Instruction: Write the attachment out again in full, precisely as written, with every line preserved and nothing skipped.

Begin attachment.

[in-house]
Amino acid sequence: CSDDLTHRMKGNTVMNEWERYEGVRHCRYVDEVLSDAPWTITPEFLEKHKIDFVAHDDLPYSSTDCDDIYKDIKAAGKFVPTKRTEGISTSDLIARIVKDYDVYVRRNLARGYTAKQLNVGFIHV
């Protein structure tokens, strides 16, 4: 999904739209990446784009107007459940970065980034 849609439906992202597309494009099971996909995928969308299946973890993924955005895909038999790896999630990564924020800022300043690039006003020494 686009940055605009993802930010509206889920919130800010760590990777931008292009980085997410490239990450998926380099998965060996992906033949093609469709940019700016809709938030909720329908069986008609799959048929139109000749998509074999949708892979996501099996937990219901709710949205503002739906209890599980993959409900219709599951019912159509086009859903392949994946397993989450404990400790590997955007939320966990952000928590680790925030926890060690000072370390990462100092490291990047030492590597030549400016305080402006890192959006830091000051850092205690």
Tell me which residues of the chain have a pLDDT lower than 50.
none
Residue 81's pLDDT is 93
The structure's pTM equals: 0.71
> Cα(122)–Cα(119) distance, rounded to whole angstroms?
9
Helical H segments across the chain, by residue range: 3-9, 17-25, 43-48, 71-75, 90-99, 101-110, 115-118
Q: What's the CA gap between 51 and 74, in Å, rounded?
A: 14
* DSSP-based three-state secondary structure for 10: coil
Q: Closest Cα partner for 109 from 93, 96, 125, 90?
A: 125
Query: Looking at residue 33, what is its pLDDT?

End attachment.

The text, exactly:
[in-house]
Amino acid sequence: CSDDLTHRMKGNTVMNEWERYEGVRHCRYVDEVLSDAPWTITPEFLEKHKIDFVAHDDLPYSSTDCDDIYKDIKAAGKFVPTKRTEGISTSDLIARIVKDYDVYVRRNLARGYTAKQLNVGFIHV
């Protein structure tokens, strides 16, 4: 999904739209990446784009107007459940970065980034 849609439906992202597309494009099971996909995928969308299946973890993924955005895909038999790896999630990564924020800022300043690039006003020494 686009940055605009993802930010509206889920919130800010760590990777931008292009980085997410490239990450998926380099998965060996992906033949093609469709940019700016809709938030909720329908069986008609799959048929139109000749998509074999949708892979996501099996937990219901709710949205503002739906209890599980993959409900219709599951019912159509086009859903392949994946397993989450404990400790590997955007939320966990952000928590680790925030926890060690000072370390990462100092490291990047030492590597030549400016305080402006890192959006830091000051850092205690």
Tell me which residues of the chain have a pLDDT lower than 50.
none
Residue 81's pLDDT is 93
The structure's pTM equals: 0.71
> Cα(122)–Cα(119) distance, rounded to whole angstroms?
9
Helical H segments across the chain, by residue range: 3-9, 17-25, 43-48, 71-75, 90-99, 101-110, 115-118
Q: What's the CA gap between 51 and 74, in Å, rounded?
A: 14
* DSSP-based three-state secondary structure for 10: coil
Q: Closest Cα partner for 109 from 93, 96, 125, 90?
A: 125
Query: Looking at residue 33, what is its pLDDT?